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In this episode of Law, disrupted, John is joined by Mark Lanier, Founder of the Lanier Law Firm. Mark is consistently recognized as one of America’s premier civil trial lawyers. Together John and Mark discuss the $650.6m award Mark recently won on behalf of two Ohio counties in a bellwether trial against CVS, Walgreens & Walmart for their role in the opioid crisis.

John and Mark begin by discussing the basis of the claims against these pharmacies. Mark explains that because opioids are controlled substances, pharmacies must ensure that a prescription is valid and proper before filling the prescription. Further, pharmacies must notice and resolve any red flags that arise in connection with a prescription before filling it. Mark provides several examples of potential red flags, including (a) several seemingly healthy people presenting prescriptions for the same dose of the same medicine written by the same doctor, (b) a prescription from a doctor located so far away that the customer had to drive by many other pharmacies that could have filled the prescription, or (c) the customer paying for other prescriptions with insurance, but paying cash for the opioids.

John then turns the discussion to how Mark proved at trial that these pharmacies violated their duties on a systemic basis. They discuss the statistical evidence that Mark presented, including the methodology Mark used to sample an appropriate number of prescriptions to see how many raised red flags and how many times the pharmacies resolved those issues before filling the prescriptions. This analysis showed that the pharmacies ignored the vast majority of prescriptions, which raised red flags. John and Mark also discuss policies that stores adopted preventing pharmacists from investigating red flags, including requirements that prescriptions be filled in 15 minutes or less.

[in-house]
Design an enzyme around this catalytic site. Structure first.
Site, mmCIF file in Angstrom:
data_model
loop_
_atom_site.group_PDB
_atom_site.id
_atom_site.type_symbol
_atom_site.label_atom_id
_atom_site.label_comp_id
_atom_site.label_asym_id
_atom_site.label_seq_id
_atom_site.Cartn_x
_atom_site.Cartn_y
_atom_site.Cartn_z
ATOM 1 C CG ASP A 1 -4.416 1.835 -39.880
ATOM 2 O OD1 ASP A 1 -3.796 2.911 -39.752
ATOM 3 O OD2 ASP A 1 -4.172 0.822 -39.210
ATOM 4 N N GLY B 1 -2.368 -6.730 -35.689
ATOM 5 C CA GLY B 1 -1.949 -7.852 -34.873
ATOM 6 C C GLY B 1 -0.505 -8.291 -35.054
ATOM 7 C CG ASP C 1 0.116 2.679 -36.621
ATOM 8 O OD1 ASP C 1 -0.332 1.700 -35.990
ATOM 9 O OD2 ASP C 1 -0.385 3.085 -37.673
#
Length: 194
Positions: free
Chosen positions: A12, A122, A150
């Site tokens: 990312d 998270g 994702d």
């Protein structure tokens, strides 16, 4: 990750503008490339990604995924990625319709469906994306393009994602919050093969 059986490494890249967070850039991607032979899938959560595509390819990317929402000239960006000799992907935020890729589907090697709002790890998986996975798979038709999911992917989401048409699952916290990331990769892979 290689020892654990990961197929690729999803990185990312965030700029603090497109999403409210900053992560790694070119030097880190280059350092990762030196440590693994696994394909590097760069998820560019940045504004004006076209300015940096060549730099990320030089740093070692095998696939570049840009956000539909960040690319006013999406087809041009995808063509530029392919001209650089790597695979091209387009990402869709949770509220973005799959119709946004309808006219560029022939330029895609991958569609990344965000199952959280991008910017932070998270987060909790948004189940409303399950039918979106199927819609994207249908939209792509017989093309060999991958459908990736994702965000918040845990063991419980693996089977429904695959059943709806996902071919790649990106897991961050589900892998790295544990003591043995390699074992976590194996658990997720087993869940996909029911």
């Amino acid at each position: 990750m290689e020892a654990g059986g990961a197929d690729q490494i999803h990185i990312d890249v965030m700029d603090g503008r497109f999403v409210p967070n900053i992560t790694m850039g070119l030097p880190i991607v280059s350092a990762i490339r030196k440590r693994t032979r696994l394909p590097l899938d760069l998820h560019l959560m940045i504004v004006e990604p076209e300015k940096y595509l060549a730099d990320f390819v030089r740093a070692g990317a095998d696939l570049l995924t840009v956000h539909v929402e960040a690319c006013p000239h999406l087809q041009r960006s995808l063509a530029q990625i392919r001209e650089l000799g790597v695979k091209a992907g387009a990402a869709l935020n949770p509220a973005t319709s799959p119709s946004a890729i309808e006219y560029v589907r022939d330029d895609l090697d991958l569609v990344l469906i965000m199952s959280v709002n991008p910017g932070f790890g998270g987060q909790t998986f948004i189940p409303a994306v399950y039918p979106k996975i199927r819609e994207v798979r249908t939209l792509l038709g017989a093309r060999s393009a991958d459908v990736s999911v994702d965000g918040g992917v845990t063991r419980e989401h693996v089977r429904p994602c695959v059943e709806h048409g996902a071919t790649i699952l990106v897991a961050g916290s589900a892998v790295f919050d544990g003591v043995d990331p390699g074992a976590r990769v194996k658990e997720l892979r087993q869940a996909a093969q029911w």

They then discuss the defenses Walmart, Walgreens & CVS presented, that they each sold only a small percentage of the opioids sold in the two counties, so their actions could have had only a minimal effect on the opioid crisis. Mark recounts how the defendants’ statistical expert illustrated this point to the jury using pie charts and how he was able to turn those charts against the expert in cross-examination.  

The conversation then moves to the damages phase of the trial, including injunctive relief. Mark explains why he focused his presentation on injunctive relief, particularly the costs of the actions the counties would have to take to control the opioid crisis over the next 15 years, rather than estimating the damages incurred to date. They discuss the remediation plan Mark first presented, the defendants’ attempts to poke holes in it, and the scaled-down plan Mark ultimately presented to the court.

John and Mark then discuss what the $650.6m judgment for two small counties in one state would mean when extrapolated to the country as a whole. They explore how these enormous numbers have led the pharmacies to re-evaluate their potential national exposure and the effect this has had on their settlement posture in other cases. They also discuss the current state of opioid litigation in general, including the three buckets of plaintiffs (governmental entities affected by the crisis, opt-outs and hospitals and other healthcare institutions) as well as the three buckets of defendants (manufacturers and importers of opiates, opiate distributors, and pharmacies) and where each group currently stands in terms of litigation and settlement.

John then turns the discussion to the arguments the pharmacies will raise on appeal. Mark explains the pharmacies’ arguments that the case is an unwarranted extension of the law of nuisance, their arguments against the joint and several liabilities, as well as their claim that the jury was tainted by one juror’s alleged misconduct. 

Finally, John and Mark discuss some of Mark’s other remarkable trial wins, including the $118m he won in a case that he had earlier offered to resolve for $10,000. This leads to a discussion of how experienced and thoughtful trial lawyers avoid posturing and candidly negotiate the best possible settlements for their clients. They end by discussing Mark’s recent decision to open an office in the United Kingdom, a decision driven by recent changes to mass tort law in the United Kingdom.

Published: Dec 9 2022

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